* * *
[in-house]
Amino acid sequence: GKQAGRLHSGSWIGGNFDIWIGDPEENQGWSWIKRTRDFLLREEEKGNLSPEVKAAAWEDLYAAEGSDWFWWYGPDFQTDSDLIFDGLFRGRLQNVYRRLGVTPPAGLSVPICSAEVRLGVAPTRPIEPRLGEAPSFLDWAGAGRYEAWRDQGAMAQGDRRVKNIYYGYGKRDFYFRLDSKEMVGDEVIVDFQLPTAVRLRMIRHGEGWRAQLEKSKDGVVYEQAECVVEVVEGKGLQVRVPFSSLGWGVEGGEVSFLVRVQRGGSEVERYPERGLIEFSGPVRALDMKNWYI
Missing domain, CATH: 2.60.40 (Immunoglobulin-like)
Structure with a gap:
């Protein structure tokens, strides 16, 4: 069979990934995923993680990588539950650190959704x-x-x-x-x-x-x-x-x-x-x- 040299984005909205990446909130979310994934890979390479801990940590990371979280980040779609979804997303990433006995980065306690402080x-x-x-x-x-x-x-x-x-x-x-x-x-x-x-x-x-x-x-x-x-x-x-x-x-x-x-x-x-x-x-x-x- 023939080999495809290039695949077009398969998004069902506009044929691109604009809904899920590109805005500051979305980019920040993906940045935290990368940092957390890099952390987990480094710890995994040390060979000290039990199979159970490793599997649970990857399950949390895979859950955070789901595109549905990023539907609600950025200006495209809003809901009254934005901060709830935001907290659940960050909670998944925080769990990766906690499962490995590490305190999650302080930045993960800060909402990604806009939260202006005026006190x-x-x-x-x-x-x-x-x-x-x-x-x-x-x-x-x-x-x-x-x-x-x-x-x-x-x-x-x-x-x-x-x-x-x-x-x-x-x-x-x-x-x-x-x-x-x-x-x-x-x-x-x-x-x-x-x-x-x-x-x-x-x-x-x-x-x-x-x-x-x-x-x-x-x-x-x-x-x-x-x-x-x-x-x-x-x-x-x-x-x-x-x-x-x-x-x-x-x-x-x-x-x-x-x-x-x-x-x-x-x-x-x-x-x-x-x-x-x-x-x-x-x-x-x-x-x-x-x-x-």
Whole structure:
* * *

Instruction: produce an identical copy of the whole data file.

[in-house]
Amino acid sequence: GKQAGRLHSGSWIGGNFDIWIGDPEENQGWSWIKRTRDFLLREEEKGNLSPEVKAAAWEDLYAAEGSDWFWWYGPDFQTDSDLIFDGLFRGRLQNVYRRLGVTPPAGLSVPICSAEVRLGVAPTRPIEPRLGEAPSFLDWAGAGRYEAWRDQGAMAQGDRRVKNIYYGYGKRDFYFRLDSKEMVGDEVIVDFQLPTAVRLRMIRHGEGWRAQLEKSKDGVVYEQAECVVEVVEGKGLQVRVPFSSLGWGVEGGEVSFLVRVQRGGSEVERYPERGLIEFSGPVRALDMKNWYI
Missing domain, CATH: 2.60.40 (Immunoglobulin-like)
Structure with a gap:
């Protein structure tokens, strides 16, 4: 069979990934995923993680990588539950650190959704x-x-x-x-x-x-x-x-x-x-x- 040299984005909205990446909130979310994934890979390479801990940590990371979280980040779609979804997303990433006995980065306690402080x-x-x-x-x-x-x-x-x-x-x-x-x-x-x-x-x-x-x-x-x-x-x-x-x-x-x-x-x-x-x-x-x- 023939080999495809290039695949077009398969998004069902506009044929691109604009809904899920590109805005500051979305980019920040993906940045935290990368940092957390890099952390987990480094710890995994040390060979000290039990199979159970490793599997649970990857399950949390895979859950955070789901595109549905990023539907609600950025200006495209809003809901009254934005901060709830935001907290659940960050909670998944925080769990990766906690499962490995590490305190999650302080930045993960800060909402990604806009939260202006005026006190x-x-x-x-x-x-x-x-x-x-x-x-x-x-x-x-x-x-x-x-x-x-x-x-x-x-x-x-x-x-x-x-x-x-x-x-x-x-x-x-x-x-x-x-x-x-x-x-x-x-x-x-x-x-x-x-x-x-x-x-x-x-x-x-x-x-x-x-x-x-x-x-x-x-x-x-x-x-x-x-x-x-x-x-x-x-x-x-x-x-x-x-x-x-x-x-x-x-x-x-x-x-x-x-x-x-x-x-x-x-x-x-x-x-x-x-x-x-x-x-x-x-x-x-x-x-x-x-x-x-």
Whole structure: